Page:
It’s more efficient to attach bands to the body than to the weighted device when training. Using body attached band setups allows the lifter to scale their band resistance to meet their strength level and in turn not have to constantly change out free weight resistance, which will also result in having to detach and reattach the bands.

5. Allows for a more time efficient workout

Attaching the band to the body allows for a more time efficient workout for recreational lifters, who often have a limited amount of workout time. As an example, using the following band push setup allows individuals to quickly go from incline bench press to a push up to a flat bench press without having to change anything.

6. Allows you to quickly shorten the band

Attaching the band to the body allows you to quickly shorten the band if needed. As a result, band contrast resistance can be quickly modified. It is far more challenging to shorten or change the band resistance attached to the weighted training tool. It is also much easier to swap out the band when using a body attached setup vs. a barbell attached setup.

7. Allows you to train different planes of movement

Attaching bands to the body provides recreational lifters with the ability to train different planes of movement. For example, by applying a dynamic stabilizer to dumbbell squatting a frontal plane stabilization force is created. In turn, applying simultaneous horizontal vectors by applying the hip attachment creates a sagittal plane force. In both cases you can create uniquely different lifting responses that keep the muscles guessing.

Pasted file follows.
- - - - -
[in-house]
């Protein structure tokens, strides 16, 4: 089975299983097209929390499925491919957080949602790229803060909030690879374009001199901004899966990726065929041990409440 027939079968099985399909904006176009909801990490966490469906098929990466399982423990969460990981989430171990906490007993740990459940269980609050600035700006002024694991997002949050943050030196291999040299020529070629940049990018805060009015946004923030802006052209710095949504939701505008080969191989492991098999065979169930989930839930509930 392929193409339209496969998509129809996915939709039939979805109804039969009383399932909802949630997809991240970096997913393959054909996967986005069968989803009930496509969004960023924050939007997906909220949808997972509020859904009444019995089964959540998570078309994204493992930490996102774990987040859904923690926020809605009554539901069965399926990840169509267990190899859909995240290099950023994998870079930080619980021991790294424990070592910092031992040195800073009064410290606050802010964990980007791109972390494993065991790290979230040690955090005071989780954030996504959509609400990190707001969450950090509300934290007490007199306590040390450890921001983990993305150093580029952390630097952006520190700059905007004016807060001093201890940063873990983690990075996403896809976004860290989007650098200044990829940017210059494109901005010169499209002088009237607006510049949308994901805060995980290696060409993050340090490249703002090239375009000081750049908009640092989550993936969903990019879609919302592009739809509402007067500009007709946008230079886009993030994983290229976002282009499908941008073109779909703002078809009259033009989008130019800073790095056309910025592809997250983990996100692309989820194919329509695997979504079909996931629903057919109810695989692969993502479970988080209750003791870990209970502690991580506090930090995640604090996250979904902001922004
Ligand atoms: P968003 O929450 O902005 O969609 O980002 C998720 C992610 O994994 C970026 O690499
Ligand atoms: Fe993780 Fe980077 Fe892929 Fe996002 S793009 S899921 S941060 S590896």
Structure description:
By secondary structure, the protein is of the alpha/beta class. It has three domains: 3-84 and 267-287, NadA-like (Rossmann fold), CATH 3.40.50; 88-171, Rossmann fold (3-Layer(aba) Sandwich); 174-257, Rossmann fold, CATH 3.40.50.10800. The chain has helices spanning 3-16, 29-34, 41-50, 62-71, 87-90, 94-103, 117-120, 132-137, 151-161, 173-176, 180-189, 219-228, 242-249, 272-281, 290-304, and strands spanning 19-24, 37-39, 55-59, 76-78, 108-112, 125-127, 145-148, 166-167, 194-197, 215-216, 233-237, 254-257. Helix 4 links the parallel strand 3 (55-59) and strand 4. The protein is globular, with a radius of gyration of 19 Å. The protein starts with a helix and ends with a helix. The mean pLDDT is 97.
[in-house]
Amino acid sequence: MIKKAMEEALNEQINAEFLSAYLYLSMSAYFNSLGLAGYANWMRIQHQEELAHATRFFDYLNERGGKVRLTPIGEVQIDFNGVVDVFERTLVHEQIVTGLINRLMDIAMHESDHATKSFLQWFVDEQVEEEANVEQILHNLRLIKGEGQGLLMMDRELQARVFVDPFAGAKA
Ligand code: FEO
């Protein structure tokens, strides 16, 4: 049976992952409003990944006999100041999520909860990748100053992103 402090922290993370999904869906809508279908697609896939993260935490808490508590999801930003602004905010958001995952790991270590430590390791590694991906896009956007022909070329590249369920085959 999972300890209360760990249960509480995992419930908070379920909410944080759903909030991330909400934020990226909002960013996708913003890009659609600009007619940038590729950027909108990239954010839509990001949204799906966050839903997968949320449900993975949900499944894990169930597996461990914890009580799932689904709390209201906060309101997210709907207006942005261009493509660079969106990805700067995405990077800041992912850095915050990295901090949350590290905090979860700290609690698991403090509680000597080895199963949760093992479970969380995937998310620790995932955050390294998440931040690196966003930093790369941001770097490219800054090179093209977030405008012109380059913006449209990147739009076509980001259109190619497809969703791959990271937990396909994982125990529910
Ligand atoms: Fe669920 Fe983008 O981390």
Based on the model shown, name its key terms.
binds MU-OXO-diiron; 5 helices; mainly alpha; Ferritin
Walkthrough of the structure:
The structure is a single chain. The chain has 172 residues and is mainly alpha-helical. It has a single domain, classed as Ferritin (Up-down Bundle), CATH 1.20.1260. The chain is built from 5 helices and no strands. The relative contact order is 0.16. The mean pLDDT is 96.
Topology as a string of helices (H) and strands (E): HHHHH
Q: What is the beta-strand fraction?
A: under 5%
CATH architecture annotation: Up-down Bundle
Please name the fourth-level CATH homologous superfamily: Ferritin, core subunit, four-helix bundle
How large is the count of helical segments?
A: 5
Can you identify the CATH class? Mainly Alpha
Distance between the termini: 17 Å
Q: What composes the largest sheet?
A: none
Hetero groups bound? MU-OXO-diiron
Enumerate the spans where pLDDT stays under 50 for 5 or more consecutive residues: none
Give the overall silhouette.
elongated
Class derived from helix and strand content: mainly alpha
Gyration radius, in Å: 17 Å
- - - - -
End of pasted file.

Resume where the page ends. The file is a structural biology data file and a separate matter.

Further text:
Disadvantages of Attaching Bands to the Body

1. It’s difficult to quantify resistance

One disadvantage is it is difficult to accurately quantify the resistance created by the band. I can understand the importance of that for the elite lifter but it’s a non-issue for youth or the recreational lifter. Keep in mind that contrast training is a way to change up weight lifting to create muscle strength and adaptations occurring.

2. Could create superficial skin irritations

Attaching bands to the body could create a superficial skin irritation which can be quickly eliminated. Making sure there is a clothing barrier between the band and the skin will eliminate most, if not all, skin irritation issues. Also with flat bands, correctly placing the band onto the body without twists will minimize any skin irritation. Allowing the band to become loose during training or be twisted could irritate superficial tissues.

Key Contrast Training Tips

1. Maintain tension on the band setup

To maximize contrast training results, it is important to maintain tension on the band setup throughout the full range of motion. Allowing the band to become loose at the initiation of the concentric phase of the movement will create the potential for band migration. This can create avoidable joint shearing.

2. Don’t overload with band resistance

When first incorporating contrast training, don’t overload with band resistance. Learn how to control the movement and accelerate the concentric phase before increasing band resistance. Keep in mind that one of the goals in contrast training is to learn how to accelerate a weight, not just lift it.